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Summary Of Individuality In The War Of The Worlds

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When people surrender to society’s influences, individuality will cease to exist. During the nineteenth century, the distinction between the different social classes became increasingly clearer. People were expected to act accordingly to their social classes in order to better their society. People who attempted to create an identity for themselves clashed with societal expectations, which lead to chaos within the community. The attempts at a better society came with many losses, such as the loss of individuality and religious views. In the novel, The War of the Worlds by H.G. Wells, England is being invaded by Martians. On the quest to escape the attack, the narrator runs into two different individuals; they’re known as the artilleryman…show more content…
During the nineteenth century, people were born into social classes, and once born into one, the means of moving up is near impossible (Cowlard). People couldn’t fight against social classes, as failure is inevitable. Referring to Christina Zwarg, “The upper class is in a position where they have immense power and authority.” Wells illustrates the major difference in power within the social classes by representing the Martians as on top of the social hierarchy while humans are near the bottom. In the novel The War of the Worlds, the artilleryman openly accepts the invasion because he sees an opportunity for the old order to die, and he will be able to begin a new one. The artilleryman argues, "it never was a war, any more than there's war between man and ants” (Wells pg.246; pt.2.ch.7). He emphasizes the difference in power between man and Martian, similarly to lower class people compared to higher class people. The artilleryman continues on to compare the fight as “bows and arrows against the lightning” (Wells 90; 1.12). The artilleryman only seeks a better society where he is on top of the social hierarchy and where new order can thrive. Through the character the artilleryman, Well showcases the consequences of a society where social class is distinct,…show more content…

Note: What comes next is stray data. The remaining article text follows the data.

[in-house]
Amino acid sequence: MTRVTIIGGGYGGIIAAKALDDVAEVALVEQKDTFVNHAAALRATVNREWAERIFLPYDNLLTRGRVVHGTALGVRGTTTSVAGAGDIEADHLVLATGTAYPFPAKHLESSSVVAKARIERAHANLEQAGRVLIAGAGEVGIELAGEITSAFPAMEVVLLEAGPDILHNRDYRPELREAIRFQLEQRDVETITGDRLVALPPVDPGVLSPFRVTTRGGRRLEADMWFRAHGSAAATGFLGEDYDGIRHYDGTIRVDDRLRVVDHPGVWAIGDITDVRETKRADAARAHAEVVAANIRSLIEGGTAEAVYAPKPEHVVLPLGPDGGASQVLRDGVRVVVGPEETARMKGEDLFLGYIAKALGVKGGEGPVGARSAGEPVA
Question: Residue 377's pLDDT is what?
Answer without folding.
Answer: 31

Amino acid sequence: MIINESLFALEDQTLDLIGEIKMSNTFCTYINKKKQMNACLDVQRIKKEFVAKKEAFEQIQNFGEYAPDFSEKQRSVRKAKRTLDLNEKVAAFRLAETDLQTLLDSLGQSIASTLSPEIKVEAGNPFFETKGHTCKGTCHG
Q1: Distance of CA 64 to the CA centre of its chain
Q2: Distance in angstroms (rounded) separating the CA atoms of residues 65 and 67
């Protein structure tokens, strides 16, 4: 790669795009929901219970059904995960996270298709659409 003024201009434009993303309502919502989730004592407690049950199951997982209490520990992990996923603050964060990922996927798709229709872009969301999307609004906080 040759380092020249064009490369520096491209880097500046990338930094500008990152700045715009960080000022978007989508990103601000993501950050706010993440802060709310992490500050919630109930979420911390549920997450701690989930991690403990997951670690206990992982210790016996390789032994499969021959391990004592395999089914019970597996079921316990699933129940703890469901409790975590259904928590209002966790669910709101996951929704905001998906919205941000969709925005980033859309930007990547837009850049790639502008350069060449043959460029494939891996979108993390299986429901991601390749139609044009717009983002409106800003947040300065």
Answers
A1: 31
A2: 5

With Darwin's Origin of Species to Strauss's Life of Jesus being introduced within the nineteenth century, many questioned the true meaning and significance of the Bible (J.C.D. Clark). These ideas of evolution challenged the power of the church, and “secularization is inevitable for christianity” (Heyck). People were distancing themselves from religion as a result of the new discoveries. According to Brian Harrison, he proclaims, “While christianity is slowly losing cultural significance, new scientific discoveries flourishes immensely.” The deliberation between religion and science can be seen in the novel The War of the Worlds, with the Martians representing scientific discoveries and the curate representing the original ideas of christianity and religion. When the narrator first runs into the curate, the curate could only focus on the flames in the distance, and the flames represent the eternal punishment the curate is fearful of. The curate believes the Martian’s invasion is the result of God’s punishment, asserting that "It is just. On me and mine be the punishment laid. We have sinned, we have fallen short (Wells 221; 2.4).” The curate openly accepts the punishment as a result of his society distancing themselves from God. He argues that the Martians were sent as
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